What You'll Learn
  • The Bargain Stage is a process of give-and-take
  • What we learned in the Preparation and Exchange stages impacts success in Bargaining
  • Probing and the Negotiated Yes are key skills throughout Bargaining.

The third stage, Bargain, is when the action begins, or at least when there is greater intensity to the interaction.

Bargaining has traditionally been the "face-time" stage. Modern times, globalization, and marketplace needs have changed this a great deal. Advances in technology have made substitute methods both efficient, cost effective, and in some instances critical, like the need to cross the planet or time zones to communicate. Almost no negotiation in the 21st century avoids use of telephone, voice mail, email, on-line auctions or instant messaging, and most use a hybrid of "face-time" via teleconferencing and telephones, where although we may not be in the same room, we can sense subtext from facial expressions and voice tone.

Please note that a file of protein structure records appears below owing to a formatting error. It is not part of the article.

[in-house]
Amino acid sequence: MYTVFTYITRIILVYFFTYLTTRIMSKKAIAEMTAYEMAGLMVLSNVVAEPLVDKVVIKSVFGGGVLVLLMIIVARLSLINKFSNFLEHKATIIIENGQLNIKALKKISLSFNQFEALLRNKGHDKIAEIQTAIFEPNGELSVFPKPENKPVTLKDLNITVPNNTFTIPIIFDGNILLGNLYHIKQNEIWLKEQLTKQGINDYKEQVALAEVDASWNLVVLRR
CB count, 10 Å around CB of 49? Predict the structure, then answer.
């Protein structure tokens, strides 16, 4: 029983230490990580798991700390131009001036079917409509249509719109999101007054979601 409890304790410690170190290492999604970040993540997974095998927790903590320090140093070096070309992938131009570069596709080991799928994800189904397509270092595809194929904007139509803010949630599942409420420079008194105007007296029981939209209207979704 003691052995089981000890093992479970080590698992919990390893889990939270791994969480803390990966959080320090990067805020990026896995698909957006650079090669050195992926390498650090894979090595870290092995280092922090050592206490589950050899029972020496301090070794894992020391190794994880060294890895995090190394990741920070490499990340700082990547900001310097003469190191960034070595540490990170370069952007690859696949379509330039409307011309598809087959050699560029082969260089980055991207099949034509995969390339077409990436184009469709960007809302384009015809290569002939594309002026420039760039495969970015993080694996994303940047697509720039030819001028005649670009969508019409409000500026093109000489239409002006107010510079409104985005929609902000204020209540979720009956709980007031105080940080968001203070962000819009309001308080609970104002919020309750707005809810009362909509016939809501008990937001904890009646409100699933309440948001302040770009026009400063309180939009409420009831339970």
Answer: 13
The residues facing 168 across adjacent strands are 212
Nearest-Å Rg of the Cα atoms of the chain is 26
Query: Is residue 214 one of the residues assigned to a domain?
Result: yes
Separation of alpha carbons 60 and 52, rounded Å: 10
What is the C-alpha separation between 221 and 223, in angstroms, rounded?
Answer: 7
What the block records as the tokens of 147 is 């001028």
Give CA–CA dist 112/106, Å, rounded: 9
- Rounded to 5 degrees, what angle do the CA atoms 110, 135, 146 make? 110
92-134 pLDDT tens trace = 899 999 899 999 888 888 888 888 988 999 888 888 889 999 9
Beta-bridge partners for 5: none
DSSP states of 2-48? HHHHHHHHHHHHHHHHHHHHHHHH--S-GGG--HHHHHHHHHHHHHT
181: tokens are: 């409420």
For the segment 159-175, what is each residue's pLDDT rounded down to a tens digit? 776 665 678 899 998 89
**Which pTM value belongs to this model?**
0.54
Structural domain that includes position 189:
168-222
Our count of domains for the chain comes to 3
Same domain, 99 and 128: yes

When much is at risk, it is highly recommended that at some point in the Bargaining Stage the parties meet face-to-face, and the earlier in Bargaining the better, especially if they have not previously met in the Exchange Stage.

At the essence of the Bargaining Stage is how we use the information we discovered in the Preparation and Exchange Stages. Two critical tools will be used in Bargaining. One is the Negotiator's Probe, used to explore for options that create value. The other is the Negotiated Yes, or "Yes, if…" which will be used to respond to an offer in a way that captures value.

The Bargaining Stage is a process of give-and-take that can take hours, weeks or months, and maybe even years. But every Bargaining Stage must start with a proposal, the statement of a position, supported by interests.